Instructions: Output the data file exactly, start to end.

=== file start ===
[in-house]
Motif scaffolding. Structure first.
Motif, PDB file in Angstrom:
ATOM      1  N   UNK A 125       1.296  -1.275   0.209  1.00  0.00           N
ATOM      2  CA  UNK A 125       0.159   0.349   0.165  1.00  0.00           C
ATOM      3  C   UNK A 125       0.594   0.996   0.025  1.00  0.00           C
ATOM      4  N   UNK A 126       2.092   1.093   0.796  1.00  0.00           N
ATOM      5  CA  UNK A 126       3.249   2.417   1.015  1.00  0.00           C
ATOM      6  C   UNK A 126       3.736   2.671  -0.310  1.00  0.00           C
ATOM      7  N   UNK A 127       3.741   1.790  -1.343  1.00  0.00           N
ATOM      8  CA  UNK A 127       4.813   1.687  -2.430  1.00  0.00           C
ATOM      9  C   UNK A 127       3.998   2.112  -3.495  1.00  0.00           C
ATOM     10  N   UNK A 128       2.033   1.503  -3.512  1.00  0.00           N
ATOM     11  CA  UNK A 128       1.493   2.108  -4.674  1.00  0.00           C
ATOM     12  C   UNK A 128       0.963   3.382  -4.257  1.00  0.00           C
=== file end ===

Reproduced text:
[in-house]
Motif scaffolding. Structure first.
Motif, PDB file in Angstrom:
ATOM      1  N   UNK A 125       1.296  -1.275   0.209  1.00  0.00           N
ATOM      2  CA  UNK A 125       0.159   0.349   0.165  1.00  0.00           C
ATOM      3  C   UNK A 125       0.594   0.996   0.025  1.00  0.00           C
ATOM      4  N   UNK A 126       2.092   1.093   0.796  1.00  0.00           N
ATOM      5  CA  UNK A 126       3.249   2.417   1.015  1.00  0.00           C
ATOM      6  C   UNK A 126       3.736   2.671  -0.310  1.00  0.00           C
ATOM      7  N   UNK A 127       3.741   1.790  -1.343  1.00  0.00           N
ATOM      8  CA  UNK A 127       4.813   1.687  -2.430  1.00  0.00           C
ATOM      9  C   UNK A 127       3.998   2.112  -3.495  1.00  0.00           C
ATOM     10  N   UNK A 128       2.033   1.503  -3.512  1.00  0.00           N
ATOM     11  CA  UNK A 128       1.493   2.108  -4.674  1.00  0.00           C
ATOM     12  C   UNK A 128       0.963   3.382  -4.257  1.00  0.00           C